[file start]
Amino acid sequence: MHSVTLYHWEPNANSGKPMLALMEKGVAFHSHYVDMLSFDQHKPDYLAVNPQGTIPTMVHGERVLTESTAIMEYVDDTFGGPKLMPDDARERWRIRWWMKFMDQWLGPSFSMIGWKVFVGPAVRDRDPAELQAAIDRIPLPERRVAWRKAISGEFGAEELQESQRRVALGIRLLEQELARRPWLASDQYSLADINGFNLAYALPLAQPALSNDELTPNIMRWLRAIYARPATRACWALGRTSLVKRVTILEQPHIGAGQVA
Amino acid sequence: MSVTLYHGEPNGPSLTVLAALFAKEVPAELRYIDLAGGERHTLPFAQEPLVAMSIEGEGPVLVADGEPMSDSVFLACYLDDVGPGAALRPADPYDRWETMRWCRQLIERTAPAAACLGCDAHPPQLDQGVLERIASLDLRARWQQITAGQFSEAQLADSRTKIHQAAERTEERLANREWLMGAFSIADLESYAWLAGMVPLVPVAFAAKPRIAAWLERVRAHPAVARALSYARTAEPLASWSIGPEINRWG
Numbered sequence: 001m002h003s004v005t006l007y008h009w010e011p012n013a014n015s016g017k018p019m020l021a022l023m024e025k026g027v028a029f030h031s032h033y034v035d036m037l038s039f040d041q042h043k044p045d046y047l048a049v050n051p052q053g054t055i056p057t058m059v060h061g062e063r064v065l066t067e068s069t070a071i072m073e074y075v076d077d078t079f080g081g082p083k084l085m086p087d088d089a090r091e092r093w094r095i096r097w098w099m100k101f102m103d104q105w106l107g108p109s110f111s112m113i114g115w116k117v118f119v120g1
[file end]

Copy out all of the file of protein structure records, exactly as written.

Amino acid sequence: MHSVTLYHWEPNANSGKPMLALMEKGVAFHSHYVDMLSFDQHKPDYLAVNPQGTIPTMVHGERVLTESTAIMEYVDDTFGGPKLMPDDARERWRIRWWMKFMDQWLGPSFSMIGWKVFVGPAVRDRDPAELQAAIDRIPLPERRVAWRKAISGEFGAEELQESQRRVALGIRLLEQELARRPWLASDQYSLADINGFNLAYALPLAQPALSNDELTPNIMRWLRAIYARPATRACWALGRTSLVKRVTILEQPHIGAGQVA
Amino acid sequence: MSVTLYHGEPNGPSLTVLAALFAKEVPAELRYIDLAGGERHTLPFAQEPLVAMSIEGEGPVLVADGEPMSDSVFLACYLDDVGPGAALRPADPYDRWETMRWCRQLIERTAPAAACLGCDAHPPQLDQGVLERIASLDLRARWQQITAGQFSEAQLADSRTKIHQAAERTEERLANREWLMGAFSIADLESYAWLAGMVPLVPVAFAAKPRIAAWLERVRAHPAVARALSYARTAEPLASWSIGPEINRWG
Numbered sequence: 001m002h003s004v005t006l007y008h009w010e011p012n013a014n015s016g017k018p019m020l021a022l023m024e025k026g027v028a029f030h031s032h033y034v035d036m037l038s039f040d041q042h043k044p045d046y047l048a049v050n051p052q053g054t055i056p057t058m059v060h061g062e063r064v065l066t067e068s069t070a071i072m073e074y075v076d077d078t079f080g081g082p083k084l085m086p087d088d089a090r091e092r093w094r095i096r097w098w099m100k101f102m103d104q105w106l107g108p109s110f111s112m113i114g115w116k117v118f119v120g1